However, mechanical, environmental, process, micro and nanosystems, nuclear, robotics, biomedical, energy science, neural systems, biotechnology, computer science, computational biology and computer science are all engineering programs listed as having English as the instruction language at the masters level.

I don't know the thesis languages for these, though. Nor do I have any idea about the history of these departments.

http://www.ethz.ch/prospectives/programmes/index_EN
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Old 15.09.2013, 15:50
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Re: Canton Zurich cuts access to international schools

http://www.rektorat.ethz.ch/students...guage/index_EN

Above link is quite interesting. First they write that for enrollement you need a C1 level in the language of instruction.

On the bottom they write that they consider a Swiss Matura as a proof of C1 in both English and German ... right
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Old 15.09.2013, 15:51
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Re: Zurich cuts access to international schools

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Perhaps those three children are exceptionally gifted or things are changing now. In my experience at the ETH, I have rarely worked with a Swiss student whose English proficiency was even close to fluent, especially in writing. I can't judge their French, but they generally switch to English when speaking with French colleagues, so I suspect they are more comfortable in English.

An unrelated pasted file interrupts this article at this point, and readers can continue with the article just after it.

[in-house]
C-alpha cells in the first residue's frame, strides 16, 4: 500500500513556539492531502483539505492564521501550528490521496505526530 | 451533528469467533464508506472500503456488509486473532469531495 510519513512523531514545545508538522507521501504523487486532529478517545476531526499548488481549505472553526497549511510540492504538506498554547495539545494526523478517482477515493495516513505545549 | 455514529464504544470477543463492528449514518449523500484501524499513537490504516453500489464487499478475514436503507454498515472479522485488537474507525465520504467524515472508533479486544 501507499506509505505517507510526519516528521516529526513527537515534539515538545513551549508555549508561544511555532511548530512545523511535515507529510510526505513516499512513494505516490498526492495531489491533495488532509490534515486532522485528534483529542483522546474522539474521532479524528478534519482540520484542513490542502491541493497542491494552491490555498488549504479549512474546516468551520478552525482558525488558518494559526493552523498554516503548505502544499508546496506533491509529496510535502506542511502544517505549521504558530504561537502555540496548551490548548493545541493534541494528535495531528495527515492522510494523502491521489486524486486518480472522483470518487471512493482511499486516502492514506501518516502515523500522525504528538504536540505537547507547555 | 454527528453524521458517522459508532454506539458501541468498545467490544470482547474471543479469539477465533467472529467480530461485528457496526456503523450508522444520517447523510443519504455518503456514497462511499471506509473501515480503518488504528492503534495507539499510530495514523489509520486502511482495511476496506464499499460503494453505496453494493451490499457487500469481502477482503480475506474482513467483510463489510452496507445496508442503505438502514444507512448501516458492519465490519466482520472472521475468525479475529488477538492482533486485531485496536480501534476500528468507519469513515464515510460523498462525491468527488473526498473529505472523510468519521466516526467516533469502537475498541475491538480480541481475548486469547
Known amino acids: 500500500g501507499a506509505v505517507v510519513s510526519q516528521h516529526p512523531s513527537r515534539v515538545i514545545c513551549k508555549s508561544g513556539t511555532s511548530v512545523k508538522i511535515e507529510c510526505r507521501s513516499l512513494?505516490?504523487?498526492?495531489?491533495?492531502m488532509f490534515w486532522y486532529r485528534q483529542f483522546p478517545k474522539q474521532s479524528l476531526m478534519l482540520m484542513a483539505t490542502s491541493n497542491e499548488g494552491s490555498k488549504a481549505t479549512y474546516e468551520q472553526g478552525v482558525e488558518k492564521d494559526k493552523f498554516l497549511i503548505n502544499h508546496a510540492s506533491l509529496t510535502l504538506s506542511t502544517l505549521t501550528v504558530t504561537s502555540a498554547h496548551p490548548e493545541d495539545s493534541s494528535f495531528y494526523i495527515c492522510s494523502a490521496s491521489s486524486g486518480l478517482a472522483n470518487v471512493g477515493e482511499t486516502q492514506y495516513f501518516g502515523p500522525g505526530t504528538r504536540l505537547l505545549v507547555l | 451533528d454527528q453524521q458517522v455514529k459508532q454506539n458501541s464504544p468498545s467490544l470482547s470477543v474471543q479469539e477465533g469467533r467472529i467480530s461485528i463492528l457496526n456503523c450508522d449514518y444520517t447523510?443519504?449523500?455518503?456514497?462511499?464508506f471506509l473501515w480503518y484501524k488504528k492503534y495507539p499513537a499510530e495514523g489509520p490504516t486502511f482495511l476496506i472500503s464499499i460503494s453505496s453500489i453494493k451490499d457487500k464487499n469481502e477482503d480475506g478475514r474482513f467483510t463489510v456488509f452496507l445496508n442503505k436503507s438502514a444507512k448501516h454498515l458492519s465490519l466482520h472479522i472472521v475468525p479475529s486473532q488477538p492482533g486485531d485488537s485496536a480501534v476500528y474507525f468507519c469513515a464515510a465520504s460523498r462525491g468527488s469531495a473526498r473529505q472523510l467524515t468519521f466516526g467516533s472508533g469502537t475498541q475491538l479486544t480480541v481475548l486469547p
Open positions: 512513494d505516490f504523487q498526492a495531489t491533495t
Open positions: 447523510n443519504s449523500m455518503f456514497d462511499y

The three children, in my example, are the results of an English speaking Canadian mom, French ETH professor father and a Swiss education. They arrived to Switzerland, in 2001, at the same time as us. They were about 9, 11 and 13 years old. Their parents did not consider the international school and they were simply placed in Swiss schools. Personally, I thought they were crazy and unkind, at the moment. Yet, the years have disproved me.

Obviously, it was not the Swiss education which made them fluent, in all three languages, as they had the benefit of their educated parents. Although I agree there are amazing teachers at the International Schools ( Janko is certainly one of them), I believe the nomadic lifestyle of children (following their parents) can leave the children within an English bubble.

In my opinion, it would behoove the International Schools to make more effort to integrate / expose their students to locals cultures/ languages. Our children attended five int'l schools, in four countries, which were ( more or less) small ghettos of English speaking students.

Unless you know your children shall return to an English speaking country, for their university studies or adult lives, they are at a disadvantage to the students of multilingial educations.

In my humble opinion...of course...
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Old 15.09.2013, 15:56
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Re: Zurich cuts access to international schools

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The three children, in my example, are the results of an English speaking Canadian mom, French ETH professor father and a Swiss education. They arrived to Switzerland, in 2001, at the same time as us. They were about 9, 11 and 13 years old. Their parents did not consider the international school and they were simply placed in Swiss schools. Personally, I thought they were crazy and unkind, at the moment. Yet, the years have disproved me.